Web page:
Computer Science Thesis Oral
In Person and Virtual - ET - Reddy Conference Room, Gates Hillman 4405 and Zoom
HAN ZHANG , Ph.D. Candidate, Computer Science Department, Carnegie Mellon University
Secure and Practical Splitting of IoT Device
Internet-of-things (IoT) devices have rapidly gained popularity in people's daily lives. While these devices provide many smart functionalities and enable new applications, they raise several security and privacy concerns and practical operational challenges for device users and vendors. With their growing adoption and sheer volumes in deployment, IoT devices have become attractive targets for attackers, and many recent security incidents have had broad and serious impacts. Meanwhile, IoT devices can collect a wide range of personal data through sensors and ubiquitous placements. It is an important challenge for device vendors to protect users' privacy and manage access control properly. In addition, device vendors have to invest heftily in cloud infrastructures to mitigate the limited computation resources on devices. With more and more devices installed in the future, the demand for more computation will also increase.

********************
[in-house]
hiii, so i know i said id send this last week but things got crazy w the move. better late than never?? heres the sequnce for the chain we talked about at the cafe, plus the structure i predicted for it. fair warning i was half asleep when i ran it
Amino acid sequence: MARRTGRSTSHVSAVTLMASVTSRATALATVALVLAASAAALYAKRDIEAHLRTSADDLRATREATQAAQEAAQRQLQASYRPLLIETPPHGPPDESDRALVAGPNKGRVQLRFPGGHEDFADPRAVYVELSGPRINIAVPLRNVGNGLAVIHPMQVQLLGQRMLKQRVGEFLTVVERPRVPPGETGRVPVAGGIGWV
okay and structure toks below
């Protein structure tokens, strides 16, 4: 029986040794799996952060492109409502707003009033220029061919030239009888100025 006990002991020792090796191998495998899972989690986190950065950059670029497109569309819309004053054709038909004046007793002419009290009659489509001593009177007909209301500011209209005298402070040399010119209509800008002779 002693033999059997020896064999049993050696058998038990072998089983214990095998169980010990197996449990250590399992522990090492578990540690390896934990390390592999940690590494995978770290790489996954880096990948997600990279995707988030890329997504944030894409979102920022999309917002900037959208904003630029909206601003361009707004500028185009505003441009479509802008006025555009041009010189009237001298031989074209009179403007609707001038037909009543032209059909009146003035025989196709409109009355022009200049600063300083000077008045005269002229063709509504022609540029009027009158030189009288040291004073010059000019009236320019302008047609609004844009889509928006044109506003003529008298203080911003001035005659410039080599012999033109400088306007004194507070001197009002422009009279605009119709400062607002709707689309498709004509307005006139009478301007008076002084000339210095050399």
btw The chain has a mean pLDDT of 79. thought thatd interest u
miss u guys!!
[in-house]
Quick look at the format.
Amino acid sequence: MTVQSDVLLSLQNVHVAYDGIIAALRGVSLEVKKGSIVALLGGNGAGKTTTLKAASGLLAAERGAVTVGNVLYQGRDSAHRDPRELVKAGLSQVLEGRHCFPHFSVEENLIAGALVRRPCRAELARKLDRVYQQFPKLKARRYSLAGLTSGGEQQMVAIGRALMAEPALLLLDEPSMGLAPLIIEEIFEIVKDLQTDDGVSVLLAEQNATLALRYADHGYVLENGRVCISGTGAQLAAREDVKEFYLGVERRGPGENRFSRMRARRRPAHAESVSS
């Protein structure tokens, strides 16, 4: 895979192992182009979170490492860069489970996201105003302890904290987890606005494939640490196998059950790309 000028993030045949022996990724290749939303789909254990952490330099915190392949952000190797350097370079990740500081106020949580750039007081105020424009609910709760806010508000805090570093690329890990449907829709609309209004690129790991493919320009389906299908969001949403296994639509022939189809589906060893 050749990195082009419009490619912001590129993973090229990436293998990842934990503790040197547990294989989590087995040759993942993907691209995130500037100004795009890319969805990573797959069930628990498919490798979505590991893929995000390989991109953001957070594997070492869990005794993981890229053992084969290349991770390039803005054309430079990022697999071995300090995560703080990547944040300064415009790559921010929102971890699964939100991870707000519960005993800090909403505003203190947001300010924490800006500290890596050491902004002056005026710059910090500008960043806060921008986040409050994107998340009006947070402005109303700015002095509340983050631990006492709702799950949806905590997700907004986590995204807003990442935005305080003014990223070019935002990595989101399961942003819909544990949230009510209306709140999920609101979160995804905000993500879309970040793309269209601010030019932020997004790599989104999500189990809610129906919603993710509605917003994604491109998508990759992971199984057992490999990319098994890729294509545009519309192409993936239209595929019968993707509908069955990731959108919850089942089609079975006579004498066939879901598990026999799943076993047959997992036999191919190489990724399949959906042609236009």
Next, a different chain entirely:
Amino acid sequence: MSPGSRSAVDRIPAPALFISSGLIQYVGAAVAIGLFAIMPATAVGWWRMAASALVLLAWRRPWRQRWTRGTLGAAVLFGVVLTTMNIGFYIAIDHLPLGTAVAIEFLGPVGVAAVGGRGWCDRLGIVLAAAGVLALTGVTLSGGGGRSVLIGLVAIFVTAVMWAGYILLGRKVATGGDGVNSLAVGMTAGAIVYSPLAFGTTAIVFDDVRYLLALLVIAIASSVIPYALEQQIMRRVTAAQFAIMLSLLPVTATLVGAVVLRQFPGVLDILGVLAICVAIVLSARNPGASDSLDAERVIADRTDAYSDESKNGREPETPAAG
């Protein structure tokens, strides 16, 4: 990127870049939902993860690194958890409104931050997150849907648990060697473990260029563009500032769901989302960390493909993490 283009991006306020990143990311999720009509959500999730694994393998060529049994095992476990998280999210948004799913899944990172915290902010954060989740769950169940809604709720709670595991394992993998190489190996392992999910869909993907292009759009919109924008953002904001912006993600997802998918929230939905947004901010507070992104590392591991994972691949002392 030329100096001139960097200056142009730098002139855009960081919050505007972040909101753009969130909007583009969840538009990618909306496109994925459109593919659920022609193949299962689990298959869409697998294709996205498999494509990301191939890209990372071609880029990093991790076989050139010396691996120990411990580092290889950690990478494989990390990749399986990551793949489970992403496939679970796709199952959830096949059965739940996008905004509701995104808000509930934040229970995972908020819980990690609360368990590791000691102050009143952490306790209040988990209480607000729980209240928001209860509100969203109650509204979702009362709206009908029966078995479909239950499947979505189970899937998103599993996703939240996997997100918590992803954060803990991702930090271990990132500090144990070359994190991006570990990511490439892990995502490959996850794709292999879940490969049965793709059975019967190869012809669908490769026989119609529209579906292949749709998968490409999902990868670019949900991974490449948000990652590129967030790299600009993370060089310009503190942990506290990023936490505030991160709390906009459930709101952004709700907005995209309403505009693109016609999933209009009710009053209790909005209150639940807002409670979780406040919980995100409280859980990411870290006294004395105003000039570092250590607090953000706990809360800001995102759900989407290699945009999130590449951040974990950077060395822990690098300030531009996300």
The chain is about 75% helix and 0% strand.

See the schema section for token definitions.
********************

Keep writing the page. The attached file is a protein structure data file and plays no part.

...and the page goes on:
We attribute these concerns and challenges of future IoT deployment partially to the predominant monolithic design of IoT devices and applications. Device vendors must take responsibility for many tasks, including managing device security, protecting user data privacy, and maintaining cloud infrastructure efficiently. However, device vendors mainly focus on building compelling applications to attract more users. Therefore, they have to prioritize certain tasks over other responsibilities, given the limited engineering resources. As a result, the current monolithic design leads to many vulnerabilities, security incidents, and inefficiencies.
In this thesis, we argue that by combining formal security analyses and performance optimizations, we can break IoT devices' monolithic design and offload many high-level functionalities to third-party services, improving IoT devices' security and privacy while minimizing performance impacts.
In particular, we design three systems — TEO, Capture, and VeriSplit — to showcase the potential benefits of functionality splitting. Each of these systems delivers strong security and practicality guarantees. We demonstrate their feasibility and effectiveness with prototype implementations and evaluations using various smart home applications. Overall, we present several techniques enabling secure and practical functionality splitting in IoT devices.
Yuvraj Agarwal (Co-chair)
Matt Fredrikson (Co-chair)
Alec Wolman (Microsoft Research)
In Person and Zoom Participation. See announcement.